WASHINGTON – President Donald Trump said Friday that every American will have access to a coronavirus vaccine by April, the latest in a series of ever more optimistic predictions about a vaccination program that has yet to secure FDA approval.
Several of Trump’s critics expressed skepticism about that timeline.
As he faces reelection in November, Trump has often offered rosy – and incorrect – assessments about the speed for defeating the virus. In March, he said he wanted to see “packed” churches and businesses reopened by Easter. He also repeatedly set unrealistic deadlines for when everyone in the nation would have access to a test.
Yet Trump nevertheless set a marker Friday for the vaccination, a hard deadline – even if the target comes six months after the election. To hit the goal, White House aides said the government would need to have 100 million doses produced by year’s end.
“Hundreds of millions of doses will be available every month, and we expect to have enough vaccines for every American by April,” Trump told reporters at the White House on Friday. “I think distribution will go even quicker than most people think.”
Trump’s critics expressed skepticism about the speed of delivery, citing logistical challenges as well as concerns that Trump will promise virtually anything in the weeks before the election and as the nation wrestles with a pandemic that has killed nearly 200,000 Americans. Though several vaccine trials are underway, none have been approved and public health experts have noted the process takes months at best.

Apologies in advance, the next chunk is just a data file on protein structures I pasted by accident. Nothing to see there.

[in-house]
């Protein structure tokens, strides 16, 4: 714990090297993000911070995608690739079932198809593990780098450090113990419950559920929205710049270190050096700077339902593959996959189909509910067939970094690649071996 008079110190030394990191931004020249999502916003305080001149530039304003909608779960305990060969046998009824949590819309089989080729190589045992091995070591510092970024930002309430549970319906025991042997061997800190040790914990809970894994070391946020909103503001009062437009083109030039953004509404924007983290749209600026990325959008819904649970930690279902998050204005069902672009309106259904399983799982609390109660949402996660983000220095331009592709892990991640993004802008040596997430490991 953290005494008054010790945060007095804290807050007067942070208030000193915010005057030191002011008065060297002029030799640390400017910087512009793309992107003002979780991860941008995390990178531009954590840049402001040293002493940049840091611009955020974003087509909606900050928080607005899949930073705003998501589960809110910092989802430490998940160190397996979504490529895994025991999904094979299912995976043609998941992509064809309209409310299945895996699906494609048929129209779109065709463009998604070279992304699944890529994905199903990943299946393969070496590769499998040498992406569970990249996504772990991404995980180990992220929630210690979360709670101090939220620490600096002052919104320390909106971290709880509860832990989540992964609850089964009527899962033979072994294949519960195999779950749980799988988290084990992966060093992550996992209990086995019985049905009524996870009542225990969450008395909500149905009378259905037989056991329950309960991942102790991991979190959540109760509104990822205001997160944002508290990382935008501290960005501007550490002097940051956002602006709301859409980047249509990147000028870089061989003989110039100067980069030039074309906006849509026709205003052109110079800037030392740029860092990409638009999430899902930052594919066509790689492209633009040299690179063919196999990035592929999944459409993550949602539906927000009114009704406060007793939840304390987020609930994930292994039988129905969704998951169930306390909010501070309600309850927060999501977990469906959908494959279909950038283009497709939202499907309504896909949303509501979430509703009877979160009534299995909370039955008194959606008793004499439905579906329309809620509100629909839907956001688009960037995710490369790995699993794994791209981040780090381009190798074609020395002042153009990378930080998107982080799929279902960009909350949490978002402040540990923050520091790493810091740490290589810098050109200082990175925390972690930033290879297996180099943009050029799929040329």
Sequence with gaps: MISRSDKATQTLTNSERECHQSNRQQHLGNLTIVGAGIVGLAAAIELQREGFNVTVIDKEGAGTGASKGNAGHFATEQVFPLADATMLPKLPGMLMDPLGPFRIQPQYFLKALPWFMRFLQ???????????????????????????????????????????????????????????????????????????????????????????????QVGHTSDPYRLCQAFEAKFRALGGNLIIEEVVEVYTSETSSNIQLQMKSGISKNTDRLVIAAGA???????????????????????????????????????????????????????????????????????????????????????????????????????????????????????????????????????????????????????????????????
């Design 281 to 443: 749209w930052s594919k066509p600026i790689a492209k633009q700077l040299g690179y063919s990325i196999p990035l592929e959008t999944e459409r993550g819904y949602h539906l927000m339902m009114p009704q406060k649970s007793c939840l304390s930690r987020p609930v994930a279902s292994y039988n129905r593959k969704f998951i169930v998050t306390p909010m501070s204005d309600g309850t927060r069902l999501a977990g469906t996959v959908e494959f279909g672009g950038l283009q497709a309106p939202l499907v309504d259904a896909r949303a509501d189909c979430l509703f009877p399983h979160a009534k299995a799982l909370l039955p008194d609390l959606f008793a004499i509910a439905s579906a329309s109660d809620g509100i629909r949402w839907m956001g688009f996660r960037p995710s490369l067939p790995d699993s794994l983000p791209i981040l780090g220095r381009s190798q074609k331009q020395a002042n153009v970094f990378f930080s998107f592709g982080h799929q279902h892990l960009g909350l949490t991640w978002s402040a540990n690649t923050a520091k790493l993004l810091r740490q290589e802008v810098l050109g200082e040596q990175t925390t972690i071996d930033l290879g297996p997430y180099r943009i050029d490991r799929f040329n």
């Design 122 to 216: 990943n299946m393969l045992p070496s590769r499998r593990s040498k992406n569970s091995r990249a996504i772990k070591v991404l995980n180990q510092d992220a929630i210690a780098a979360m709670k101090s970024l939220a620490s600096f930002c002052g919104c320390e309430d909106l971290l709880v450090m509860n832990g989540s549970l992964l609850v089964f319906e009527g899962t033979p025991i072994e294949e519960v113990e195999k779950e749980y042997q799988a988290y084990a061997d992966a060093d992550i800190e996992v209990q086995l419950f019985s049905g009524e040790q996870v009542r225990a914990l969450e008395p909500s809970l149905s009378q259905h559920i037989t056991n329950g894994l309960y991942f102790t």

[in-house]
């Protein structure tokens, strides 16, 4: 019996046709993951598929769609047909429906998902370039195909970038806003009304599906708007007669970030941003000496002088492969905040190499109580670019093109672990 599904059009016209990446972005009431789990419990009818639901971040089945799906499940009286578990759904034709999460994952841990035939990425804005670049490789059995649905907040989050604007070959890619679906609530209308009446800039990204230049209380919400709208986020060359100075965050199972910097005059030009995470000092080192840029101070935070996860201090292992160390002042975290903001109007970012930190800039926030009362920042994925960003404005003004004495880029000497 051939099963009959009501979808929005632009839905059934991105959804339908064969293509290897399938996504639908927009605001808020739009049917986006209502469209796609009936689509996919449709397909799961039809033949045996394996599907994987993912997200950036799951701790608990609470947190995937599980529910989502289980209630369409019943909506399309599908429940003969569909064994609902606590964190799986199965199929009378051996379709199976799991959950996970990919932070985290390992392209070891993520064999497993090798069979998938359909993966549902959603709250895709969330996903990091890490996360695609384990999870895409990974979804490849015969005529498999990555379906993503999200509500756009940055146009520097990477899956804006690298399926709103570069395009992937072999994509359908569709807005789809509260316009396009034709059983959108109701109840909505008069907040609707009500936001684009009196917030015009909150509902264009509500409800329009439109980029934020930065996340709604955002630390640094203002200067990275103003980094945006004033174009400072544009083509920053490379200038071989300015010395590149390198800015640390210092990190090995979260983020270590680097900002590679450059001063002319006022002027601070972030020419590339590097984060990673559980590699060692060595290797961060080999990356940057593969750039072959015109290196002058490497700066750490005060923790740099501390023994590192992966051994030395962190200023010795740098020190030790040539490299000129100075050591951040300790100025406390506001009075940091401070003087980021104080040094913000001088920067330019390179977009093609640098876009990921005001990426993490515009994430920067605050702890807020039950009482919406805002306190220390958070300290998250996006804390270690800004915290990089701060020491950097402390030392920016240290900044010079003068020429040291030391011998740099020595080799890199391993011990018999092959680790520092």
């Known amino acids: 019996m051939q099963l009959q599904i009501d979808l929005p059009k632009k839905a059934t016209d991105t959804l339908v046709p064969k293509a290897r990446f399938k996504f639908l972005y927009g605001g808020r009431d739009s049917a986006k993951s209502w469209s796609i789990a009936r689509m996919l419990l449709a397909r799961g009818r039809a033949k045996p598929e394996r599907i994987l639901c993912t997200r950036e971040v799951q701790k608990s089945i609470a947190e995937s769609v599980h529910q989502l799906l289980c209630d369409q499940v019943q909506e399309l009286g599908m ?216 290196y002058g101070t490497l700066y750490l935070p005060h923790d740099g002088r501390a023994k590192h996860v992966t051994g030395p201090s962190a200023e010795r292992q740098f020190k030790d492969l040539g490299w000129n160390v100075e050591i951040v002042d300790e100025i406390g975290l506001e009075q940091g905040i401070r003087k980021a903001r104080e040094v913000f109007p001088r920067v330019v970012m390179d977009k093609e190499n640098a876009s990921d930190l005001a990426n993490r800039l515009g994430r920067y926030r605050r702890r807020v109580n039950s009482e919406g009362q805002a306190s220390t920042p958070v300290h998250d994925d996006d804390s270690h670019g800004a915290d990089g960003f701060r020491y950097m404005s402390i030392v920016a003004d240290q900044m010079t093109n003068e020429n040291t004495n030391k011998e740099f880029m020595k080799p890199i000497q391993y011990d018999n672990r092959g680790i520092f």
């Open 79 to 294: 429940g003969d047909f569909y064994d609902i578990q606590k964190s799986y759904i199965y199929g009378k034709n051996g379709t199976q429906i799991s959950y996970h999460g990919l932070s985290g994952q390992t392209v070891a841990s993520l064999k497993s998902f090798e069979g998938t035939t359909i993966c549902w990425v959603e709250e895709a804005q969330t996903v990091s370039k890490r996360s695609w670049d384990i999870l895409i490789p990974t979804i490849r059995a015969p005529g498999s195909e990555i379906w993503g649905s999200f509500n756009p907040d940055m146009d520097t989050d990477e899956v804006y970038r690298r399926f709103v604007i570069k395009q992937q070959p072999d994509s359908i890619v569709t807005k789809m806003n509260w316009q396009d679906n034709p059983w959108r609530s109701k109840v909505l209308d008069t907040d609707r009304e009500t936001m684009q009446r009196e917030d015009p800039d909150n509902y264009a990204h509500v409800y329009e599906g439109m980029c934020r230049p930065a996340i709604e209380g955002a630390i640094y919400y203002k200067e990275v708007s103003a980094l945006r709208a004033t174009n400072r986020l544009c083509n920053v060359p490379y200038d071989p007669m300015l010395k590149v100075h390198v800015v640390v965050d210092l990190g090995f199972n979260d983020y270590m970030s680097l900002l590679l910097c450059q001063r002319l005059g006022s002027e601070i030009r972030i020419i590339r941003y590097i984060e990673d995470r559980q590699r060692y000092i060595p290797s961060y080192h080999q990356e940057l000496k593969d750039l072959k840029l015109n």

Jonathan Reiner, professor of Medicine and Surgery at George Washington University, said the logistical challenges are daunting.
“This country has never vaccinated more than about 160 million people in a single year for the flu,” he said. “Now we need to vaccinate 330 million people with 2 doses (660 million injections) of vaccines that have not yet been shown to be safe and effective and have unique transport and storage requirements necessitating ultra cold transport.”
Reiner added: “To vaccinate the entire country by April would require more than 4 million inoculations per day. I don’t see it happening that quickly.”
Dr. Peter Hotez, dean of the National School of Tropical Medicine at the Baylor College of Medicine, noted that there currently isn’t a vaccine known to be effective and safe.
“And we probably won’t have that information until end of the year at earliest,” he said. “At that point how quickly the vaccine can be rolled out depends on which one works, and these have different degrees of storage complexity.”
Trump’s political foes were more blunt.
“Anybody who believes anything he says about vaccines is an idiot,” said former Rep. Joe Walsh of Illinois, who briefly challenged Trump for the GOP presidential nomination.
Trump’s assessment was more optimistic than the one offered recently by Dr. Robert Redfield, director of the Centers for Disease Control and Prevention. Redfield told lawmakers this week that a vaccine could be available by late spring or next summer.
“If you are asking me when is it going to be generally available to the American public so we can begin to take advantage of (a) vaccine to get back to our regular life I think we are probably looking at third – late second quarter, third quarter 2021,” Redfield said.
The testimony drew a sharp rebuke from Trump, who said he believed Redfield was “confused” by lawmakers’ questioning.
Scott Atlas, one of Trump’s coronavirus advisers, told reporters Friday the U.S. will have more than 100 million vaccine doses available by the end of this year. Doses will first go to first responders and individuals with high risks. Those priority recipients will be able to take the vaccine by January at the latest, he said.
“By April, every single American who wants to be vaccinated will have the ability to be vaccinated,” Atlas said.
Contributing: Nicholas Wu